American Liberty, High Relief gold coin on 'back order' after sales top 30,000 within 75 minutes of launch

U.S. Mint says orders taken first day total more than 73.3 percent of maximum 50,000-coin product limit
By , Coin World
Published : 07/30/15
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JULY 31 UPDATE FROM THE U.S. MINT: First day sales totaled 36,686 coins, or 73.3 percent of the maximum authorization. Officials report that  the product is currently on  "Back Order." This means that the item is available to be ordered now, but it is not currently in stock. Additional inventory is being made. Customers can go online to the website and add the item to their cart to see when additional inventory is expected to be available. Also, sales through the U.S. Mint's smartphone mobile app were just over $500,000. In the first 10 minutes of sales, there were 5,231 orders placed (8.72 orders per second).

UPDATE FROM THE U.S. MINT: The Mint's website indicates the coin is "currently unavailable." Adam Stump, deputy director of the Mint's Office of Corporate Communications, said via email at 3:47 p.m. Eastern Time July 30 that, "We are not sold out. We have taken orders for more than 35,000 coins and the website should be updated at some point in the next day that the item will be on backorder."

The United States Mint took orders July 30 for more than 30,000 2015-W American Liberty, High Relief gold $100 coins within 75 minutes of the noon Eastern Time sales launch.

The product limit is 50,000 coins, and each household order is limited to a maximum of 50 coins. The coin is priced at $1,490 each.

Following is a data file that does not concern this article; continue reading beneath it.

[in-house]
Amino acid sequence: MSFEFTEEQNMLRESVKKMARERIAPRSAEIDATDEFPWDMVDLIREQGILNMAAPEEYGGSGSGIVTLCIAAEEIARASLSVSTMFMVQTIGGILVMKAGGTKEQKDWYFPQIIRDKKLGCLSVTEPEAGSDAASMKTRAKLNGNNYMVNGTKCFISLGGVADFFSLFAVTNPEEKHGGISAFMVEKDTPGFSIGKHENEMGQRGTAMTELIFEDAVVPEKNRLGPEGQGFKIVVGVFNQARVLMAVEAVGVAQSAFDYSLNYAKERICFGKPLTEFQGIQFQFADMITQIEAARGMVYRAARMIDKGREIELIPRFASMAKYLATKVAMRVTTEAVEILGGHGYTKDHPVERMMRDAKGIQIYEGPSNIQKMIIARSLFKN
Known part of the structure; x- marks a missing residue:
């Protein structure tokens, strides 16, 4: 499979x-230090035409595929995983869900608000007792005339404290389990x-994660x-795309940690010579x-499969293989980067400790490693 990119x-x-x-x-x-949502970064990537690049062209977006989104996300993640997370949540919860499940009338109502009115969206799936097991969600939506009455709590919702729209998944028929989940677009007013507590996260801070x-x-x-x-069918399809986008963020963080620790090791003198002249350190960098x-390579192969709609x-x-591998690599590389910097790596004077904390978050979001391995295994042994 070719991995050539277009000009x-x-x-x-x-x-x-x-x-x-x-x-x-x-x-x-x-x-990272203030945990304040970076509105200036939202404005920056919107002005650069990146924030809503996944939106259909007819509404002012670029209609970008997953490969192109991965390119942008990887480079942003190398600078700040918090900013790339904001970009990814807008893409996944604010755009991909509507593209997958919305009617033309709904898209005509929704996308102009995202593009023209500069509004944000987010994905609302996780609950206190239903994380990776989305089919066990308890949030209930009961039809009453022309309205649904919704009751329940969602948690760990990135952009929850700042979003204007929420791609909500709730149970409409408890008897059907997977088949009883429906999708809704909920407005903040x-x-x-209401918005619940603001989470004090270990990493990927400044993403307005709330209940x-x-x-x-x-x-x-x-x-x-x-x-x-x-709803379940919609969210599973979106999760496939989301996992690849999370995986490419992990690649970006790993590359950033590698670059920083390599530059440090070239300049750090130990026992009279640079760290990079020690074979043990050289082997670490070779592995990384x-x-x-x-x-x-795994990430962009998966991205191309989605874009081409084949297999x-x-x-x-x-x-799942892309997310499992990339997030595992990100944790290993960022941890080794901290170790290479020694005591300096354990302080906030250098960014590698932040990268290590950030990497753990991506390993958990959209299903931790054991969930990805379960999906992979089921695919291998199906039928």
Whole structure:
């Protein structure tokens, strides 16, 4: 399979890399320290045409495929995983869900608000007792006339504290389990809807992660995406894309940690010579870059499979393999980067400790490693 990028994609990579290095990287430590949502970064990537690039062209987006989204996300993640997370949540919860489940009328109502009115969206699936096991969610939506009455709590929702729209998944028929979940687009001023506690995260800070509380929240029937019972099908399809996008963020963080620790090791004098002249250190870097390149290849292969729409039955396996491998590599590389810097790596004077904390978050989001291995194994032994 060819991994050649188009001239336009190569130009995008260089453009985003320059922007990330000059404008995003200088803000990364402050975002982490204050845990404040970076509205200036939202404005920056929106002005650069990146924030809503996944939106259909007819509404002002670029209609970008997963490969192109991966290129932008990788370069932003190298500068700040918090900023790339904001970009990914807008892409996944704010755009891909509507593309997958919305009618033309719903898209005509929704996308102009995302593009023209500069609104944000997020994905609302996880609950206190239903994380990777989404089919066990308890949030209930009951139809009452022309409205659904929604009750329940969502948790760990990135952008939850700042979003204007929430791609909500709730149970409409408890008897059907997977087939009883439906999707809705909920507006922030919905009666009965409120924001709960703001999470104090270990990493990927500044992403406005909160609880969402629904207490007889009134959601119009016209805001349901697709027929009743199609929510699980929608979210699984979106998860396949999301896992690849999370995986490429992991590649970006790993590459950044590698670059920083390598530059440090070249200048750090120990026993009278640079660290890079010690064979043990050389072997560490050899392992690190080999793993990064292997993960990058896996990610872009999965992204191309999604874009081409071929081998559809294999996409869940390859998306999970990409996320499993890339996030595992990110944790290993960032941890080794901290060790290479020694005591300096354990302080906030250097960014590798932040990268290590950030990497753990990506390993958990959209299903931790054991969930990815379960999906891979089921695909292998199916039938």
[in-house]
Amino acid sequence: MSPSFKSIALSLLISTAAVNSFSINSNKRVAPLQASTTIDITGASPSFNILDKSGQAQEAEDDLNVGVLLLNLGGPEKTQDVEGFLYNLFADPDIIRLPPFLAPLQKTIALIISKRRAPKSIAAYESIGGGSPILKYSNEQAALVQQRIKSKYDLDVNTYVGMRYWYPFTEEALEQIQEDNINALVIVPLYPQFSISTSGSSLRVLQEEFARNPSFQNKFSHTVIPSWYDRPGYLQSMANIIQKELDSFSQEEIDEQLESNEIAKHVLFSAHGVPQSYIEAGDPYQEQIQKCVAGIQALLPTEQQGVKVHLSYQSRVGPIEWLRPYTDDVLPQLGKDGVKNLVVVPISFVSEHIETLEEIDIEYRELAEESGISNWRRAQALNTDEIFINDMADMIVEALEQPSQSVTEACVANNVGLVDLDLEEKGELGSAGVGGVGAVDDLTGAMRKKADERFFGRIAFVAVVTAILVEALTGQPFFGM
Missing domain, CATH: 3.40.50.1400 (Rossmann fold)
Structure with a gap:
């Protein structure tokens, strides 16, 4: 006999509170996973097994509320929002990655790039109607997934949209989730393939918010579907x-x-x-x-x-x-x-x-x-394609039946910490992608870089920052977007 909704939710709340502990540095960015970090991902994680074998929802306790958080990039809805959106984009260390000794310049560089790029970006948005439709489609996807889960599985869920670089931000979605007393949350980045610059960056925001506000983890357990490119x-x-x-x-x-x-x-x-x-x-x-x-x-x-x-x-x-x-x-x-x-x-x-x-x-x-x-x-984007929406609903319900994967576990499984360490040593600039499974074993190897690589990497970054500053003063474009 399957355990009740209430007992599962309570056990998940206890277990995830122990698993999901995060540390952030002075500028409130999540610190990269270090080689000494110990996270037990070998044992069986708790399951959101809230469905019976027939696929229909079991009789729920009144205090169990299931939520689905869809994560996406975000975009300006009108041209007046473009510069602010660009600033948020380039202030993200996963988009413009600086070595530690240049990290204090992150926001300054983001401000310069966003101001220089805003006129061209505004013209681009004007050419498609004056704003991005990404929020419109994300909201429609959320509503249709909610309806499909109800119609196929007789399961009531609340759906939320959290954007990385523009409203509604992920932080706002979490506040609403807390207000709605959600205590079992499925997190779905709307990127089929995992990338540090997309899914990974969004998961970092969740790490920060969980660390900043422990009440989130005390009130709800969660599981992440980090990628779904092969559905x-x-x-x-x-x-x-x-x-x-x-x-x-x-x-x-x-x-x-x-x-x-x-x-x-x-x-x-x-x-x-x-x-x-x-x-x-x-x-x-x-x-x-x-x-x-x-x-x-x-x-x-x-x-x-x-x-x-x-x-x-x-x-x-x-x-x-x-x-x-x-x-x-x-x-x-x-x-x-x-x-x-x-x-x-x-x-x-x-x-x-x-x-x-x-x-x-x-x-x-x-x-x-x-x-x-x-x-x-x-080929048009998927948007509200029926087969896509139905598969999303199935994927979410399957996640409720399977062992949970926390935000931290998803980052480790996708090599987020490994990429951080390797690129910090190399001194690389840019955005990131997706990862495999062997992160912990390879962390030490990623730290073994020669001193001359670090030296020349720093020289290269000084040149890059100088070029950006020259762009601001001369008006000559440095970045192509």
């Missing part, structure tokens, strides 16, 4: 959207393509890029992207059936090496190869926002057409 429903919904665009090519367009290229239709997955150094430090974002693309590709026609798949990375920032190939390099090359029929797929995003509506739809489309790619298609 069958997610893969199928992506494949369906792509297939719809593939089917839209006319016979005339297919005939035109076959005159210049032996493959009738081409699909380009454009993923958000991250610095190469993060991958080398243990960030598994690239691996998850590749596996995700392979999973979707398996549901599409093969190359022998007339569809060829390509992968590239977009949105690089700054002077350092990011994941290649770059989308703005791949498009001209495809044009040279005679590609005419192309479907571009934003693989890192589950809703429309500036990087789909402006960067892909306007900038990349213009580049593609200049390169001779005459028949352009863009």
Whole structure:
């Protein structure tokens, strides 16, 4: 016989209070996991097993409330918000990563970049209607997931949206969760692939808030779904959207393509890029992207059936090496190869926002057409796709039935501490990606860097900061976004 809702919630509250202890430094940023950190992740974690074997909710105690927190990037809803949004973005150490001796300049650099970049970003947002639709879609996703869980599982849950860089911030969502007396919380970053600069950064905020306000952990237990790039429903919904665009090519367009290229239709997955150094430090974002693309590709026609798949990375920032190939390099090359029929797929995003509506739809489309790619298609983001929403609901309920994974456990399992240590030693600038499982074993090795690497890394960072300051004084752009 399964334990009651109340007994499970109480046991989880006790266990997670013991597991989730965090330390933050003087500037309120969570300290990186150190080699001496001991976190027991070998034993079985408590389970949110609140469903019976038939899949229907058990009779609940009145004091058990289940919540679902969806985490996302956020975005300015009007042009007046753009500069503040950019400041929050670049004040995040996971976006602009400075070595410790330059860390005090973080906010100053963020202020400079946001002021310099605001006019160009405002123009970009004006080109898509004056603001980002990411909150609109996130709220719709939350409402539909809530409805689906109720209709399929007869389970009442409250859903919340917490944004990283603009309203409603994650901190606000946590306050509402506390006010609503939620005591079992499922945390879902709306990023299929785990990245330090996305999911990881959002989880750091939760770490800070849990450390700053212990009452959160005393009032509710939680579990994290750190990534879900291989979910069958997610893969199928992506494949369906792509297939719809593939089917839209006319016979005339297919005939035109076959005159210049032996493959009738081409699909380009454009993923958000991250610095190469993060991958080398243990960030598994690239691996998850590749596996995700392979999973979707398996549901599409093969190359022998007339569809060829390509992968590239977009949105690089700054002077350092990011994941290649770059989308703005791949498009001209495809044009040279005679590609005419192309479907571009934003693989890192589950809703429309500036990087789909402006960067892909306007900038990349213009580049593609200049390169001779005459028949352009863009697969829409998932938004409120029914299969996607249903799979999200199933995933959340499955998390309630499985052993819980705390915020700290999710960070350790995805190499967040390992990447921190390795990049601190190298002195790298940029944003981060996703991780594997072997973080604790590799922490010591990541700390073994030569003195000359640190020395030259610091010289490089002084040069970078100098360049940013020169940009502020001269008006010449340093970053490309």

Many collectors reported to Coin World that placing orders on the Mint's website was easy, but some problems were encountered by those whose orders totaled $25,000 or more.

"We can’t take an order on a single credit card for more than $25,000," Adam Stump, deputy director of the Mint's Office of Corporate Communications, said via email. "With that said, someone can use multiple credit cards or a wire transfer to buy more coins to get to the household order limit."

Stump added: "As of 1:15 p.m., we had taken orders for more than 30,000 coins. That doesn’t factor in credit card holds or order holds, but the high volume in such a short amount of time shows customers were able to get into the system and complete their order quickly whether it’s an average coin collector or a dealer.

"Everyone has the same opportunity to purchase a coin."

More from CoinWorld.com:

United States Mint reveals how technical team developed 2015 American Liberty, High Relief $100 gold coin

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